“If you want to be an orator, first get your great cause” as Wendell Phillips, the famous American lawyer and orator put it. It’s true that anyone can be a speaker, someone who would read from a piece of paper that someone else might have or might not have written to be read. But what is it that separates the Churchills from others? What are the qualities that make one special and the other ordinary?
As is evident from Phillips’ quote, someone who aspires to be a good orator needs to believe in his own words. He would have to feel deeply for his cause. His feeling for the cause would in turn lend charisma to his voice.
We can find speakers a dime a dozen that would have a cause they believe in and they would even have self-confidence to do it. How about those terrorist threat videos that keep going on and on? Why aren’t they as charismatic as Nixon or Churchill or Kennedy or Nehru? Theo couldn’t put it in any simpler words when he said, “An orator without judgment is a horse without a bridle.” So someone with a cause and confidence, when lacking proper judgment, can never be a charismatic public speaker.
Goethe, the famous German writer and politician, argued that the best qualities an orator can learn are from his own experiences in life.
If we were to compile a list of desirable qualities in an orator, then the list might never end, however, every speaker who aspires to be charismatic, needs to check the following points off his list-
Passionate – Be passionate about what you have to say and your words would act as beacons of light for others to follow you.
Self confident – If you don’t have confidence in yourself, why would someone else follow you? Trust in yourself and your own words. Let your confidence carve your words in stone.
Witty and Humorous – Have a good sense of humour and be quick on your words. A witty answer can bring a smile to any face.
Lively & Energetic – If you think that people would come to listen to you because you are someone who has been there and who has done that, you may be right. But if you think that they would actually listen to you, you are wrong. They may be present in person, but their minds may be off in LaLa land. You have to be frequent with a change in your tone of voice to keep your audience interested. Let your energy flow through them.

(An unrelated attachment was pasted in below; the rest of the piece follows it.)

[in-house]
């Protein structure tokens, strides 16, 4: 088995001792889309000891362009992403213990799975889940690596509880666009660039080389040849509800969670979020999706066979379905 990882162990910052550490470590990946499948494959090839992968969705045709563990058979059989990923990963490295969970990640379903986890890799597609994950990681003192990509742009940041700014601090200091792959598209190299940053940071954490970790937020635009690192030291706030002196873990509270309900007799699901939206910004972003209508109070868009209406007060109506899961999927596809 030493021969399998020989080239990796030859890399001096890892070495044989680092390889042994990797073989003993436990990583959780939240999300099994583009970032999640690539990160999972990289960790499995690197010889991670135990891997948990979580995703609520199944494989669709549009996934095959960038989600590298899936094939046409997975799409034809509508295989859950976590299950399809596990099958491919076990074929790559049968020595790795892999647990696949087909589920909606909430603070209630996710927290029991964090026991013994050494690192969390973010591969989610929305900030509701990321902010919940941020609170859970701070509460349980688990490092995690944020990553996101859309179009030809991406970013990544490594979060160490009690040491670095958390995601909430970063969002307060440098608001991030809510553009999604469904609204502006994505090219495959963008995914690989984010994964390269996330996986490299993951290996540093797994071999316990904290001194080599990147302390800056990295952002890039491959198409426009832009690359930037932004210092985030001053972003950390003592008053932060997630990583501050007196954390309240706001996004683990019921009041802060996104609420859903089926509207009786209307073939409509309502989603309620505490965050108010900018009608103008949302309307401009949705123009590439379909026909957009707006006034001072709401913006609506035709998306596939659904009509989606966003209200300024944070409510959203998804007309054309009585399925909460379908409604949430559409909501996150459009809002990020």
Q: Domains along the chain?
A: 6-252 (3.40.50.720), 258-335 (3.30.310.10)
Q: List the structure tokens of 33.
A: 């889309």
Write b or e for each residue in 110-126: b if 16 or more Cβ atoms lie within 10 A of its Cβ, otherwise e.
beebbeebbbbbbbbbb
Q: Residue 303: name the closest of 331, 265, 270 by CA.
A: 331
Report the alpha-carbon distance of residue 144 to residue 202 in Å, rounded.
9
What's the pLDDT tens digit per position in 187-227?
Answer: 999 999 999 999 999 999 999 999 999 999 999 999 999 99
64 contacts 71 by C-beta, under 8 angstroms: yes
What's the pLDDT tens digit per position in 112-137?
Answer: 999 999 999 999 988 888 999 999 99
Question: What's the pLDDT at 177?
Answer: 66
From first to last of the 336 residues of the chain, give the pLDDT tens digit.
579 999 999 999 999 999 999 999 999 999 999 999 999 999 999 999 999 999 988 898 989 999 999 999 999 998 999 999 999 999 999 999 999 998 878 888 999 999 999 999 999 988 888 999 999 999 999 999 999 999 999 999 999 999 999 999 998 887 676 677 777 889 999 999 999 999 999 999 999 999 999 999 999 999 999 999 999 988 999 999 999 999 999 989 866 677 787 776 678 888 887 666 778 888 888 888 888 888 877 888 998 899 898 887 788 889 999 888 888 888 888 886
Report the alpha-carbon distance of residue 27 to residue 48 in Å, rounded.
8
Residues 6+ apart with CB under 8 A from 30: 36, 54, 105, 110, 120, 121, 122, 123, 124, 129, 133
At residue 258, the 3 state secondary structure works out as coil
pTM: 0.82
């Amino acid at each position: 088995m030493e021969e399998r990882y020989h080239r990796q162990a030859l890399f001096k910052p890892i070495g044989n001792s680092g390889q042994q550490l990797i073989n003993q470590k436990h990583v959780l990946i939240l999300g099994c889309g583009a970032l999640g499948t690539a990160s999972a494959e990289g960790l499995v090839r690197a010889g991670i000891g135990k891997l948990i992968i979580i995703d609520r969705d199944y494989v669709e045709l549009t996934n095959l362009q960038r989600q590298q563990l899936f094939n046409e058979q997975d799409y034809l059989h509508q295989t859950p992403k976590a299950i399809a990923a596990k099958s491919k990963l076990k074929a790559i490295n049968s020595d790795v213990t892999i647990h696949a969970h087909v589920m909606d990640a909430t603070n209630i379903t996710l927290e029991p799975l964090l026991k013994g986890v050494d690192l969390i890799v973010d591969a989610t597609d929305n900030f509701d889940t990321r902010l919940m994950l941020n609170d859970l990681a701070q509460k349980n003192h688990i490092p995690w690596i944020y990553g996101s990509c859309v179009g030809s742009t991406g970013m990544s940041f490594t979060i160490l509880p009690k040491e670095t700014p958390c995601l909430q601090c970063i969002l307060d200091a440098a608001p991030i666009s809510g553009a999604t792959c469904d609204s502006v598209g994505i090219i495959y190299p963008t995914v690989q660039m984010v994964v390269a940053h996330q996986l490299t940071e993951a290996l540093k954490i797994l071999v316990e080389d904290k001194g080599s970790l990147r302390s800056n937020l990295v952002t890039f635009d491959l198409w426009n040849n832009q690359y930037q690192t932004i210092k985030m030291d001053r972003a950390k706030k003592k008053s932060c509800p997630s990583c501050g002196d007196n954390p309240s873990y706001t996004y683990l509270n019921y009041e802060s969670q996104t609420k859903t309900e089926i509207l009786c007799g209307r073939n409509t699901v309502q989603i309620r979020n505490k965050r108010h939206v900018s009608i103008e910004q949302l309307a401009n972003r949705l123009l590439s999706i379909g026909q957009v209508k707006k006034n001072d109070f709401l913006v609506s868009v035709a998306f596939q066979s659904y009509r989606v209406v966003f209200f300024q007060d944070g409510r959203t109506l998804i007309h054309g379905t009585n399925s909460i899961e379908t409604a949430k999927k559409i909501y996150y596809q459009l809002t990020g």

Knowledgeable – Always do your research before you speak. Make sure you know the ins and outs before you present your views. If you do, you’d be respected for your knowledge.
Opinionated – Have emotions, enthusiasm and conviction. If you don’t have an opinion on a topic, why would someone bother to listen to your views?
Cheerful – Have a pleasant personality and a positive outlook.
Logical – Whatever your views maybe, make sure they have a strong sense of logic behind them. You should organize yourself to speak in a logical way.
Honest – If you are not honest and make up facts as you go, chances are you’d be found out soon. Be fair and responsible in what you say. Have patience to listen to your audience when asked a question, and reply honestly.
Apart from the above few, always maintain an eye contact with your audience. Enjoy yourself while you speak, and smile - it’s always charming. Be clear in your speech and as humane as you can be. Empathize; don’t sympathize, as it can be taken adversely. Act freely when in front of your audience. Gestures spark interest, so does your facial expression. Be relaxed.
Another important thing to look into is the content of your speech. Make sure it’s simple to understand and well justified. Try appealing to emotions of people, their values, their identities or even their hopes. Advertisements may not have any one orator, but the ‘Happy Family’ structure they portray, have made many a families aspire to be like them.
There are a few techniques that successful orators like to pursue; some like to have a contrast in their own speech, some like talking in points, while some others like to post a question to their audience and then offer them a solution. Quite a lot of good orators are renowned for their use of punch lines.
Someone once said that delivery of a speech is three times more important than its content. But is it possible the same written words would have a different impact when they are read out a loud?
Yes, we see it happening ever so often. Why do you enjoy hearing a sport commentary more than reading about it? Well, it’s because of the images that you picture in your mind. It’s so much more fun when someone tells you how he or she imagines it.
When we use some words to help others portray a picture, they are called picture words. The moment you hear them, an image is formed in your mind and it guides the perception of your audience to how they would interpret what you would say next.
“With great powers come great responsibility,” a dialogue made immortal by the movie Spiderman should be easy enough to remember when it comes to being a Charismatic Orator. If you expect others to follow you, make sure you are ready for it!.